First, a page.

Yesterday I discovered somebody had uploaded this PHP code to my server as a .jpg file via my asp.net MVC application's "Upload your profile picture" form. I believe the attack was unsuccessful for a number of reasons (the images are given random filenames, then resized, and they're stored in a non-execute directory). The file was leftover because I failed to clean up the temporary file if the resizing failed, which I've now fixed.
But it worries me that I don't understand what the next step of this attack would be...Say he'd successfully uploaded a .jpg file that had malicious PHP code in it to my Windows/IIS server, and he knew the file's URL. Now what? He would need to get IIS to interpret that .jpg file as PHP code rather than an image, right? What might his plan have been to accomplish that?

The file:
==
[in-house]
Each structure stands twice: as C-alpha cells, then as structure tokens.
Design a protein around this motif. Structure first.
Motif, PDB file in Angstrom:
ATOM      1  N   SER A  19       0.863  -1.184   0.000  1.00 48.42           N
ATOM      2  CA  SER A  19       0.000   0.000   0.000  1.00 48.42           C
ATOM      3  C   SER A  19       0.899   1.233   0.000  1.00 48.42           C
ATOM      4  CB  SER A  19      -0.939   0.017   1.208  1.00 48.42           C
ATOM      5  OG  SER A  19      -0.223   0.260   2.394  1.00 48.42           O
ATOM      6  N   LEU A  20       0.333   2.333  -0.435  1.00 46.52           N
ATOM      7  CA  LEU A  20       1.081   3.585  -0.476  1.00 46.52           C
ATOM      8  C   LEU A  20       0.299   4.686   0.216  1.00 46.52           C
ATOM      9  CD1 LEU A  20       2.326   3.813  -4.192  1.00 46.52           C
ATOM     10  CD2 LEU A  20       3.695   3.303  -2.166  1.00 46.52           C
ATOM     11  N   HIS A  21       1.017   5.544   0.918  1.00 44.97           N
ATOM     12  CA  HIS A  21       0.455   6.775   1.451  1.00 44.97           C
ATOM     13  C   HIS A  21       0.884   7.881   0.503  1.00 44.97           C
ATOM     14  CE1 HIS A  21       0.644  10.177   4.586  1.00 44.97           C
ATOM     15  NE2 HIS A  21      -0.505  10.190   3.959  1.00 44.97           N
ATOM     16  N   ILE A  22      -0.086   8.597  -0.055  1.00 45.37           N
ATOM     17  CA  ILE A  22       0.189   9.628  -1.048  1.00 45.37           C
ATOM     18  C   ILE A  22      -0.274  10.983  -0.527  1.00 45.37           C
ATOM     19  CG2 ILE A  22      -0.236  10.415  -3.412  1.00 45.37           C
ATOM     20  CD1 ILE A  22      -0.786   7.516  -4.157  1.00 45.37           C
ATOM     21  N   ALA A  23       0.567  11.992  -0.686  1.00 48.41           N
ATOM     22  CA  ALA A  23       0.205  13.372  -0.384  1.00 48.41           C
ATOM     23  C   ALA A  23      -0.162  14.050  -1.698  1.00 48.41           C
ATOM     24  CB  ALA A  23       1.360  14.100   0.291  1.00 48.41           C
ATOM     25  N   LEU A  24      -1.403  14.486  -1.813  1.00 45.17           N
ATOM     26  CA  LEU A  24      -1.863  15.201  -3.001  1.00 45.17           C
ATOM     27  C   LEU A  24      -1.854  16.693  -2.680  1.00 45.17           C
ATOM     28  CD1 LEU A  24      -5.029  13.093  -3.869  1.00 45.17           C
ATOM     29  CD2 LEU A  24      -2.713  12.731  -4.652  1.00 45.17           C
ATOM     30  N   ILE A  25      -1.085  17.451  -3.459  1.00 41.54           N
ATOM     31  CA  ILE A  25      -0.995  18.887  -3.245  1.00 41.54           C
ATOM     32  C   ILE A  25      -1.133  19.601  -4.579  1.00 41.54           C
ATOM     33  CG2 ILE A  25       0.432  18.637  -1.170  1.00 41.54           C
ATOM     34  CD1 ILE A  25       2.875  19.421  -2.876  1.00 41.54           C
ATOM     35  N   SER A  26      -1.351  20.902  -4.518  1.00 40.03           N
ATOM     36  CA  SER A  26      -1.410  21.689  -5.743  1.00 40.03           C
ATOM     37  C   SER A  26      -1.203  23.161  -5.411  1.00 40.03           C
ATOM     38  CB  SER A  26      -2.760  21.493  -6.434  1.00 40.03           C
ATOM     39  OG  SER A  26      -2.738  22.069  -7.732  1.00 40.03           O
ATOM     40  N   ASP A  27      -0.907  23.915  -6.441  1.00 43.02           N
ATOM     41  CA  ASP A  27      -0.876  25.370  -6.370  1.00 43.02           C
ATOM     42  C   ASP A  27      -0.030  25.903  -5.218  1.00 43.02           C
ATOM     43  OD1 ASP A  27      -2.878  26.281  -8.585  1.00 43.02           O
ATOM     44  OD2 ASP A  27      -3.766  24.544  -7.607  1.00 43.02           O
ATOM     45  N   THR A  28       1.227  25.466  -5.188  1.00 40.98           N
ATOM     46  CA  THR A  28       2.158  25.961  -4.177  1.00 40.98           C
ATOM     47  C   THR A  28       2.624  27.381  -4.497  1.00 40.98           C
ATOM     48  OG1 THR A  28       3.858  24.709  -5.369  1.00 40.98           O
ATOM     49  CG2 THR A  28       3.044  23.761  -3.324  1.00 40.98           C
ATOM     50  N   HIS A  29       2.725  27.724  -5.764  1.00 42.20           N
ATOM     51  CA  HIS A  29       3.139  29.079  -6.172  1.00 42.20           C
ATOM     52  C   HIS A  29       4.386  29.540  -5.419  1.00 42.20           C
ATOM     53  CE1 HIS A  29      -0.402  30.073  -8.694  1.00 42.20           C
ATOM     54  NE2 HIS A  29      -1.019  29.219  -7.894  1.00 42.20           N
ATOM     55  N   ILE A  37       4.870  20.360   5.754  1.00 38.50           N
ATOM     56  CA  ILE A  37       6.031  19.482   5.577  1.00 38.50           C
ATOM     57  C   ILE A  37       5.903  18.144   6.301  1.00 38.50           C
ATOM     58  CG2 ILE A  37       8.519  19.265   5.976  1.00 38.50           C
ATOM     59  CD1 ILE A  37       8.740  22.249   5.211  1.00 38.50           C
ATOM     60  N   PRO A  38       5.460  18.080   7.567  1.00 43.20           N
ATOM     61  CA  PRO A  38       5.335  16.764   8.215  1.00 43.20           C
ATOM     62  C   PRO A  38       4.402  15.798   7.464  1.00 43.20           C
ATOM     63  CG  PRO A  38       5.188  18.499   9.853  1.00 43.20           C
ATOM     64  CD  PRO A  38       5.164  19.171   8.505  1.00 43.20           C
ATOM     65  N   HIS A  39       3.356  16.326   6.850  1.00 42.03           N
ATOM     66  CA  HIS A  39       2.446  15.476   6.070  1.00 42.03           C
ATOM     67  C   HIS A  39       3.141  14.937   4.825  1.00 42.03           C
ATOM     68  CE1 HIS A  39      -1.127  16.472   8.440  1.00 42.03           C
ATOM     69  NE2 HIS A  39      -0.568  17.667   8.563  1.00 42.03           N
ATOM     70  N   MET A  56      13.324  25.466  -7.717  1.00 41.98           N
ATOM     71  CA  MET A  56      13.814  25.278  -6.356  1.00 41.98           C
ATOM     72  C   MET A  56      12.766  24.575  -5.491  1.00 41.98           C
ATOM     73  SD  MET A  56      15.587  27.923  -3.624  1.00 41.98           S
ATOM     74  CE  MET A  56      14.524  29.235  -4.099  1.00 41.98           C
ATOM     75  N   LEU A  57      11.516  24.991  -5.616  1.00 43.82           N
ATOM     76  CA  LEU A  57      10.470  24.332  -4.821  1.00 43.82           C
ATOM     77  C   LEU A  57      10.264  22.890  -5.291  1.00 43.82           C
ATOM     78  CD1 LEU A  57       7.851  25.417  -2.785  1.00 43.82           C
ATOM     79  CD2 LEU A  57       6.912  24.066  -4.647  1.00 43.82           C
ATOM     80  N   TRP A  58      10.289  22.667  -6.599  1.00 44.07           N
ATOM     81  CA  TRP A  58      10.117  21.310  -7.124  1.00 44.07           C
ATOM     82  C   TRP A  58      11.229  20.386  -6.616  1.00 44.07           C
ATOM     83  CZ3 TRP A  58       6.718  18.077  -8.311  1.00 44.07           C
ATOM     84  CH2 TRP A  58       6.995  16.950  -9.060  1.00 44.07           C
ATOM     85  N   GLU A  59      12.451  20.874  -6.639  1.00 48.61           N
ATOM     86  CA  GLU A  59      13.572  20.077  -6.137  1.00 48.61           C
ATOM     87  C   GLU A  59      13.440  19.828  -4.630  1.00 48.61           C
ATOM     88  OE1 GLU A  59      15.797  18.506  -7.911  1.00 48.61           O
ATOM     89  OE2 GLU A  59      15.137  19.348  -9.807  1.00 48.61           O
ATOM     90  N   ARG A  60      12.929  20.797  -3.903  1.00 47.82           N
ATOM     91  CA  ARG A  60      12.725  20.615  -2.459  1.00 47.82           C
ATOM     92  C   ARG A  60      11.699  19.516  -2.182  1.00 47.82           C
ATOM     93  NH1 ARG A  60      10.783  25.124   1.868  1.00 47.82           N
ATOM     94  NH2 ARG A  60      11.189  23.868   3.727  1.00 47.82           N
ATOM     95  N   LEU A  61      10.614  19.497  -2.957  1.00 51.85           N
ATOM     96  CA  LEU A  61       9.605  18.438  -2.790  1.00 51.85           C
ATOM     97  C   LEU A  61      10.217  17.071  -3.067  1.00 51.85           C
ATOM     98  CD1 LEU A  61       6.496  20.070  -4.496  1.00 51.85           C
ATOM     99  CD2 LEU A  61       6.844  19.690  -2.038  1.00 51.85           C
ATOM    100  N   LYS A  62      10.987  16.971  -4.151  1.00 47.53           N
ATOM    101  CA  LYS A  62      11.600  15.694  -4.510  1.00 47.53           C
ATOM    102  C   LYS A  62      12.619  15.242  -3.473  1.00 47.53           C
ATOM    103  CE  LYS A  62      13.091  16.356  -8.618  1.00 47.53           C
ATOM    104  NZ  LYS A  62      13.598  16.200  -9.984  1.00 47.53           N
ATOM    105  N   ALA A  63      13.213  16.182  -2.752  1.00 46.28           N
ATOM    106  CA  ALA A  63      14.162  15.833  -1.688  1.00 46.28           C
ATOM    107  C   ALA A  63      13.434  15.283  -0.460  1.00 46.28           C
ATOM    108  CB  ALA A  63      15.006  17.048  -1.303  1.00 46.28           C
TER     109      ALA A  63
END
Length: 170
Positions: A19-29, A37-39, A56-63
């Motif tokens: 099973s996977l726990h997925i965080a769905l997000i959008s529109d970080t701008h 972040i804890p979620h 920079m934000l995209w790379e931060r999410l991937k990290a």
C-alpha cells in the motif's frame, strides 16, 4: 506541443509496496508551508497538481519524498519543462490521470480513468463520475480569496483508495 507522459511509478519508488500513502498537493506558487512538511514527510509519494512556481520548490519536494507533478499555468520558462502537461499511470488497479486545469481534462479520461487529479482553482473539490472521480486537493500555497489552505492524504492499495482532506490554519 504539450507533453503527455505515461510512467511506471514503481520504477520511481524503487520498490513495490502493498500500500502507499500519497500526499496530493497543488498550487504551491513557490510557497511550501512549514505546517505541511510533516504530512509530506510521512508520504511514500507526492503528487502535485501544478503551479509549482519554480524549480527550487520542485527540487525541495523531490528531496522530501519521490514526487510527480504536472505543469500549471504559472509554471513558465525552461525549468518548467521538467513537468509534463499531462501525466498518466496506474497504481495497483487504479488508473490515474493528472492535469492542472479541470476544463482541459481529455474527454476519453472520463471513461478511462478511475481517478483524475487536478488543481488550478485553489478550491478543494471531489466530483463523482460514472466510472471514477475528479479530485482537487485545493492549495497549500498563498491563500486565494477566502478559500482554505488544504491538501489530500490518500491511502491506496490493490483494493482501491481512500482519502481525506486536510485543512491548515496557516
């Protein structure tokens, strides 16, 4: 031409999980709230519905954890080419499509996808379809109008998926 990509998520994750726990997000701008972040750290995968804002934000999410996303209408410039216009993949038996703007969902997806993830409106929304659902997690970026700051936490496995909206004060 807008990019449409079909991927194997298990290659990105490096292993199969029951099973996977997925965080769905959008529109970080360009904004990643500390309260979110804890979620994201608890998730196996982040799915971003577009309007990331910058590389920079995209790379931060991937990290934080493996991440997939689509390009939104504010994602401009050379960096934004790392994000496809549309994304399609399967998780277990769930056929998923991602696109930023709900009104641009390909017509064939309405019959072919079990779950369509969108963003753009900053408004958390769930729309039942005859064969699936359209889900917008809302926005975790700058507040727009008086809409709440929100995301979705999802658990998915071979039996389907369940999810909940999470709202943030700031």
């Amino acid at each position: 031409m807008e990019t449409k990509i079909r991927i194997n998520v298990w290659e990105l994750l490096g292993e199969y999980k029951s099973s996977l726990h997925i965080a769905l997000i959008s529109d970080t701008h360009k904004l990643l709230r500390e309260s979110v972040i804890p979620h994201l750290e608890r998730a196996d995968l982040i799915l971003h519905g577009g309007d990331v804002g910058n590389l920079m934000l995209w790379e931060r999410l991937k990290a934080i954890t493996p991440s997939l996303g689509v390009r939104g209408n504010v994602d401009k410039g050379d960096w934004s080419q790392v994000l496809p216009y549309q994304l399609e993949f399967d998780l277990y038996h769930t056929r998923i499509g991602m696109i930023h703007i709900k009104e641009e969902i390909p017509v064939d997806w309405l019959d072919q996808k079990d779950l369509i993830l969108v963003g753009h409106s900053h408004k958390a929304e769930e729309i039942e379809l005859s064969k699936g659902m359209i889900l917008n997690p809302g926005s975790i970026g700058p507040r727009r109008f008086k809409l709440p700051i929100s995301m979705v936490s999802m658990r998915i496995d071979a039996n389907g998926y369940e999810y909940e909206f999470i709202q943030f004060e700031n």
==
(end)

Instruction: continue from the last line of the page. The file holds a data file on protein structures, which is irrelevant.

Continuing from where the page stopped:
The only thing I can think of is if it were an apache server and .php files were being filtered out but .htaccess files weren't, he maybe could have managed it. Is there any equivalent approach that might have worked in IIS?